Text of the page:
The Commissioner does not dispute that Plaintiff was the prevailing party. (ECF No. 34, at 2). Nor does the Commissioner raise any argument that her position in denying benefits was substantially justified. Rather, the Commissioner challenges the requested fees on two grounds. First, the Commissioner argues that counsel billed for some clerical activities which are non-compensable under the EAJA. (ECF No. 34, at 2-4). Second, the Commissioner argues that the amount of time spent by counsel was unreasonable. (ECF No. 34, at 4-6). In response, Plaintiff's counsel concedes some hours billed are non- compensable, (ECF No. 35, at 1-3), but argues that the time spent overall was reasonable, (ECF No. 35, at 3-11).

         B. Administrative and Clerical Tasks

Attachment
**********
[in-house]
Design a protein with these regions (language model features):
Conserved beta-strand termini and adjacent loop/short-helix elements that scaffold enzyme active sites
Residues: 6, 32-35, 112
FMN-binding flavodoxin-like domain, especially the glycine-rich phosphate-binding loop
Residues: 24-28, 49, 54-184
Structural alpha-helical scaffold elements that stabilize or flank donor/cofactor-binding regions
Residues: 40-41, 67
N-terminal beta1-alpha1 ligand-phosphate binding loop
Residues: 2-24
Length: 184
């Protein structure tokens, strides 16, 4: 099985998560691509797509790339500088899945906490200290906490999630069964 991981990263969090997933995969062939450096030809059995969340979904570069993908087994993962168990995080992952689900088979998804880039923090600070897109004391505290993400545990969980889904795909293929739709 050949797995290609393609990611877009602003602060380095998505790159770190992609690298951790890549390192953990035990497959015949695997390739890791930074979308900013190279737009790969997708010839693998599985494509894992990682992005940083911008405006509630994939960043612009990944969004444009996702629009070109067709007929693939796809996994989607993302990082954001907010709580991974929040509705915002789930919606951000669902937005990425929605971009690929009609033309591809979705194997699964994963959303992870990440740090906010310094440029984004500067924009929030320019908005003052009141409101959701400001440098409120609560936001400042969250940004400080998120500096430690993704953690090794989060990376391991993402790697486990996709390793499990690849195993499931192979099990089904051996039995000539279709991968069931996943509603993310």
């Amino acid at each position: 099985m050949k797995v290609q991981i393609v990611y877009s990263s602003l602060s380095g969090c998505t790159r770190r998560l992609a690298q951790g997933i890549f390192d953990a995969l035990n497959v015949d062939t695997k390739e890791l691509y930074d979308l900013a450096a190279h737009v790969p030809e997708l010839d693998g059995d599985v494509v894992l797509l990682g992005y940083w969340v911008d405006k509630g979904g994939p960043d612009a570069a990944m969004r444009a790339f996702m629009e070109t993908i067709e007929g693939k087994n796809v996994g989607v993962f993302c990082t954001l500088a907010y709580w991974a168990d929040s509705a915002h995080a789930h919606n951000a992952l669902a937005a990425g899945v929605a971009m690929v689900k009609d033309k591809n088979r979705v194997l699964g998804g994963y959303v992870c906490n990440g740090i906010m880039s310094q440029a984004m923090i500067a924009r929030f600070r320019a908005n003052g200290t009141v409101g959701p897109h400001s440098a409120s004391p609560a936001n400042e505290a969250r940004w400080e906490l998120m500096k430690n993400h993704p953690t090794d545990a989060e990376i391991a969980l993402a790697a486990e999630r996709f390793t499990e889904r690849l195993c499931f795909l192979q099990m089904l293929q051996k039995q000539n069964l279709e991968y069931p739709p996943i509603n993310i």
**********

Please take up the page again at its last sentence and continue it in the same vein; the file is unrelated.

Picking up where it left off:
“It is well settled that costs associated with clerical tasks are typically considered overhead expenses reflected in an attorney's hourly billing rate and are not properly reimbursable.” Brandt v. Astrue, 2009 WL 1727472, at *4 (D. Or. June 16, 2009) (citing Missouri v. Jenkins, 491 U.S. 274, 288 n. 10 (1989)); Knudsen v. Barnhart, 360 F.Supp.2d 963, 977 (N.D. Iowa 2004). “Purely clerical activities, regardless of who performs them, are considered overhead and are not compensable as EAJA attorney fees.” Gough v. Apfel, 133 F.Supp.2d 878, 881 (W.D. Va. 2001) (citing Jenkins, 491 U.S. at 288 n. 10); Granville House, Inc. v. Dept. of Health, Educ. and Welfare, 813 F.2d 881, 884 (8th Cir, 1987) (holding that work which could have been completed by support staff is not compensable under the EAJA); Magwood v. Astrue, 594 F.Supp.2d 557, 562 (E.D. Pa. 2009) (concluding that purely clerical activities, regardless of who performs them, are considered overhead and not compensable as attorney fees); see Brandt, 2009 WL 1727472, at *3, *5 (declining to award fees for clerical tasks performed by an attorney notwithstanding the fact that the attorney “d[id] not utilize any paralegal or assistants for any task”). Clerical activities include tasks such as filing documents, preparing and serving summons, preparing and serving a civil cover sheet, mailing items to the court or other parties, downloading and emailing documents, and scanning documents as well as preparing an itemized invoice for legal services. See, e.g., Neil v. Comm'r of Soc. Sec., 495 Fed. App'x 845, 847 (9th Cir. 2012); Spiller v. Comm'r of Soc. Sec., 940 F.Supp.2d 647, 651 (S.D. Ohio 2013); Brandt, 2009 WL 1727472, at *3-*5.